BIZ BUZZ: GCash’s hidden names | Inquirer Business

BIZ BUZZ: GCash’s hidden names

/ 02:06 AM September 09, 2022

GCash has now “anonymized” the names of its users when sending money as an “added layer of protection” against text scams that now mention the name of the mobile subscriber. This means that the full names of the GCash users will no longer be shown when transacting.

This move was made after reports claiming that the format of the name included in the text scam was the same with the username set by the GCash users.


“We need to strike a balance between customer experience and strengthening measures to keep user information safe from unscrupulous individuals. The feature that shows the full names of recipients was intended to help users verify if they are sending to the right person and avoid being scammed,” said Mark Frogoso, chief information security officer of GCash.

Its users are also now receiving text notifications through the app and not from the text message inbox anymore as a way to enhance protection against the fraudulent spam texts (although the feature may not have been fully rolled out yet, as some users still receive SMS confirmations with full names visible.)


GCash assured that their cybersecurity wall was intact.

From January to July, Globe blocked some 784 million scam and spam messages. It also deactivated 14,058 mobile numbers and blacklisted 8,973 mobile numbers linked to phishing during the same period.

—Tyrone Jasper C. Piad

Injap’s hidden gem

Tycoon Edgar “Injap” Sia II once founded what is arguably the Philippines’ most famous barbecue chicken chain, Mang Inasal.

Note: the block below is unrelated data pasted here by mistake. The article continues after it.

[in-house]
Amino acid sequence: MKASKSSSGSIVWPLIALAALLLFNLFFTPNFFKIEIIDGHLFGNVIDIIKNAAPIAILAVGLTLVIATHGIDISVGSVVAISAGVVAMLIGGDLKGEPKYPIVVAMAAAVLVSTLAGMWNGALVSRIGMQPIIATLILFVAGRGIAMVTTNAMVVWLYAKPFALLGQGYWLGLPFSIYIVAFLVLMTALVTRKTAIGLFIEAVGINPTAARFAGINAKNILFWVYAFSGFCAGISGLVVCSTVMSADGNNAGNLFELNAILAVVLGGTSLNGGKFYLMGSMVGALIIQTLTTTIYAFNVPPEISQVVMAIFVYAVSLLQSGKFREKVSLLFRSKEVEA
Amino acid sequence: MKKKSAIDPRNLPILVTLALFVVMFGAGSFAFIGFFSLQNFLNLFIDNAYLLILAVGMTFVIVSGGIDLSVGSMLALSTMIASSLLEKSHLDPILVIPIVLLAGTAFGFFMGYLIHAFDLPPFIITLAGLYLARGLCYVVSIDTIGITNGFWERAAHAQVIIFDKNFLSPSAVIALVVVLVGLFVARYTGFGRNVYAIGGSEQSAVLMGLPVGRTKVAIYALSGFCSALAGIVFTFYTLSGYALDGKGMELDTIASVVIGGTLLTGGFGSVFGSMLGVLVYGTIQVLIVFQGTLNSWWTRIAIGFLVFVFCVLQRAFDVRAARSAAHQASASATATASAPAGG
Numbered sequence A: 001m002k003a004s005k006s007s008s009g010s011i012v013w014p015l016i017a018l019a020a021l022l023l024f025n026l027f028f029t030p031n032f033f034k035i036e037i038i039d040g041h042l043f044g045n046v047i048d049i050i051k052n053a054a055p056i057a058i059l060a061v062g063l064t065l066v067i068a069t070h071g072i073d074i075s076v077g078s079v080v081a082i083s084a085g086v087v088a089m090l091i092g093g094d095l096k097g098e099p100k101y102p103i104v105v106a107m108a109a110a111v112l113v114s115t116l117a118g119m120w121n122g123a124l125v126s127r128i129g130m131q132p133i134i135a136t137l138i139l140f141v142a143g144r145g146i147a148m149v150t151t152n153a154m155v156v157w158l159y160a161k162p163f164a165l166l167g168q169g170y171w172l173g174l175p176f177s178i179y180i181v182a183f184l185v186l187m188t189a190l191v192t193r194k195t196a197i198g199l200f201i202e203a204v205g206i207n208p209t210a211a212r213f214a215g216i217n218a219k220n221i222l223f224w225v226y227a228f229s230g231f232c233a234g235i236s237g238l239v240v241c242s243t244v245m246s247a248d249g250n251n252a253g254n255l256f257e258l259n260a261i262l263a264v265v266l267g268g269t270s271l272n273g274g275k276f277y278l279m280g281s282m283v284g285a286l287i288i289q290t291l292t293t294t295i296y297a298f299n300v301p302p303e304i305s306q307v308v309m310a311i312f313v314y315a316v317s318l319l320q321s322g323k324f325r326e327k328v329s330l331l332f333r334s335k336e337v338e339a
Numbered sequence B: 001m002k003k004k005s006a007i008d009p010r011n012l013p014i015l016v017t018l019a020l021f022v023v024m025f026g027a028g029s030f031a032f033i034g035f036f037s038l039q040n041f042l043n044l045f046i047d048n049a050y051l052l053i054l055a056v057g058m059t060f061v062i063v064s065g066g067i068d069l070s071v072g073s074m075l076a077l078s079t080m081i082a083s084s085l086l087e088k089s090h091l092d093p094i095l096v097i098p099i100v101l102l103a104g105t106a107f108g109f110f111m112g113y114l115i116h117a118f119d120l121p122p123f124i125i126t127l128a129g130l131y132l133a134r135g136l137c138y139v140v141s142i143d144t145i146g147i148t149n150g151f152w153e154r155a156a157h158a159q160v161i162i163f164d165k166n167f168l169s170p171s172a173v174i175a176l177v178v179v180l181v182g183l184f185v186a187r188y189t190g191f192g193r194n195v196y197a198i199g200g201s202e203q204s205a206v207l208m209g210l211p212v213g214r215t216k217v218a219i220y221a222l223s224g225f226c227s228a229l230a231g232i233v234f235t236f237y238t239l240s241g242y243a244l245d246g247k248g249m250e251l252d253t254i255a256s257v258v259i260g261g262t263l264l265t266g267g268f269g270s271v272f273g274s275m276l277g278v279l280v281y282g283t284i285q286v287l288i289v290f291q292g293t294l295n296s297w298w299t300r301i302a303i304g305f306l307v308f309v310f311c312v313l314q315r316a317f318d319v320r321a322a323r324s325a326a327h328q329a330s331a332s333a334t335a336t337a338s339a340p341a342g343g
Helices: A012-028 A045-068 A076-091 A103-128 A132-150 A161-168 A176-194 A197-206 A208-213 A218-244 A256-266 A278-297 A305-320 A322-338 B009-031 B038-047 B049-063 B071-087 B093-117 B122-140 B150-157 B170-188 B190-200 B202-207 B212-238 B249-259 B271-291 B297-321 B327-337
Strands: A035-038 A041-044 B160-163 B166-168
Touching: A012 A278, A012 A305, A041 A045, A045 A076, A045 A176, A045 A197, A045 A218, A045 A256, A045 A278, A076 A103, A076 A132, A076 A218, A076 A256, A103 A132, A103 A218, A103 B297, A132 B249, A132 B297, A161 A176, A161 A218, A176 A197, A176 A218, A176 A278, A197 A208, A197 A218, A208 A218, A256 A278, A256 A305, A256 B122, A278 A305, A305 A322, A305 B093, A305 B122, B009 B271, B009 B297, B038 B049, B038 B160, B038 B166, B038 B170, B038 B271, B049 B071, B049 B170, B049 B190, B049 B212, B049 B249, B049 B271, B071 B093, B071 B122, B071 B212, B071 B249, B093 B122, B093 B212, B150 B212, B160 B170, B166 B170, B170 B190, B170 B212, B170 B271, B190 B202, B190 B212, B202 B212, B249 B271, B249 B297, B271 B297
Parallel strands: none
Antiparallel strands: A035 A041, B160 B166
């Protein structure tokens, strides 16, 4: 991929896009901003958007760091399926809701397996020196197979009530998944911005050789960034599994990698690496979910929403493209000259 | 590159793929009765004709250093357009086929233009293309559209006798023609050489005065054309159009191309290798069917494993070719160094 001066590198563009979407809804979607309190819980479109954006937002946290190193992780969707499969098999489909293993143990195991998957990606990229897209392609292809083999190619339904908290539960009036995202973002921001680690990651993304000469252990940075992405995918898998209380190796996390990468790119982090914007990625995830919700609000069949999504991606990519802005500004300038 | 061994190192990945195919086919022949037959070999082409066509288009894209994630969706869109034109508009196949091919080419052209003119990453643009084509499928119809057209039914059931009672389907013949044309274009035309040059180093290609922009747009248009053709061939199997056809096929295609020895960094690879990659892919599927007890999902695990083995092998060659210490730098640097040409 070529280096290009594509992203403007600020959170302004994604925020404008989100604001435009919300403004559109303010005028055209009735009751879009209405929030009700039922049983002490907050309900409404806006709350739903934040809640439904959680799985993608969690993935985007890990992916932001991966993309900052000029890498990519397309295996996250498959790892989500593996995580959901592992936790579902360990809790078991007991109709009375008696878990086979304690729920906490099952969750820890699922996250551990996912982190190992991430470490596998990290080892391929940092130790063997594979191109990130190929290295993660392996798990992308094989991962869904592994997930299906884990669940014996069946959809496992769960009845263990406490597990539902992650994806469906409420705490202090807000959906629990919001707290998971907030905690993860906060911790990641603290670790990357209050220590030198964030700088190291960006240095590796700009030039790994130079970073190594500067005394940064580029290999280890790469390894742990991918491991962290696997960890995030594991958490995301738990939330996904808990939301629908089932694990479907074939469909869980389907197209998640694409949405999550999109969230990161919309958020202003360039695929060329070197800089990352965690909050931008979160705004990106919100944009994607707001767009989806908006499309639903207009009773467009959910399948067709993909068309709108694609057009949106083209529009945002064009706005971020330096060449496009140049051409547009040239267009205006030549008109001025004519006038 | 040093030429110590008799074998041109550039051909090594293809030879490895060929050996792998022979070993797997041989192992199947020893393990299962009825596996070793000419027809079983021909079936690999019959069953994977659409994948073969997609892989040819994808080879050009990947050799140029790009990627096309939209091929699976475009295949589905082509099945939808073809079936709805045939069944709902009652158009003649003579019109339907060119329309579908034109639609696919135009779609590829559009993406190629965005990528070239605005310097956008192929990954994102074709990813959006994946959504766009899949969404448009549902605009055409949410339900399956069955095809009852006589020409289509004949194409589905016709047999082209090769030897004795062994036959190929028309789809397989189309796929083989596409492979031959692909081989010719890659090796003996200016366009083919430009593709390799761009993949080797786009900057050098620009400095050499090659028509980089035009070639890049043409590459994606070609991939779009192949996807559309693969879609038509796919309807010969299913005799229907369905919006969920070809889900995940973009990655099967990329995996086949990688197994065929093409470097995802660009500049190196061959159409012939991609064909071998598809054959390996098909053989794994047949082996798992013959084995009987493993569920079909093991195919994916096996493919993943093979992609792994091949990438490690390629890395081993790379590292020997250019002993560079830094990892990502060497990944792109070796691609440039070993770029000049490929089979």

He’s now ready to go international with the budding Hotel 101 brand of Double Dragon Corp.—his property venture with fast-food billionaire and Mang Inasal’s new owner, Tony Tan Caktiong.

Wait, hotel one-oh-what?

Hotel 101 is a condotel business that, on the surface, appears similar to many others on the market.

The hotel units are sold to individual buyers while these would be rented out to visitors or tourists. The rentals are managed by the company and the unit owner gets a share of the revenues, paid out monthly.


Sia’s innovation is that each Hotel 101 unit is exactly the same in size and specifications. The company also uses a dynamic pricing model, similar to the airline industry. The strategy to use identical rooms makes the enterprise easier to manage.

Fine tuning the model is especially important since Sia is rolling out the business on a global scale.

In a recent chat with Biz Buzz, Sia said Hotel 101 is now ready to go overseas.

Recently, the company said it would build its first international location in Niseko, a popular skiing town in Japan’s Hokkaido region.

That will be launched later this year and will be the first of many hotels abroad, Sia shared.

“Most of the hotels abroad are run by Filipinos,” he said. The Filipino brand of hospitably is world-renown. It was only a matter of time for a Filipino-branded hotel to make its mark overseas, he added.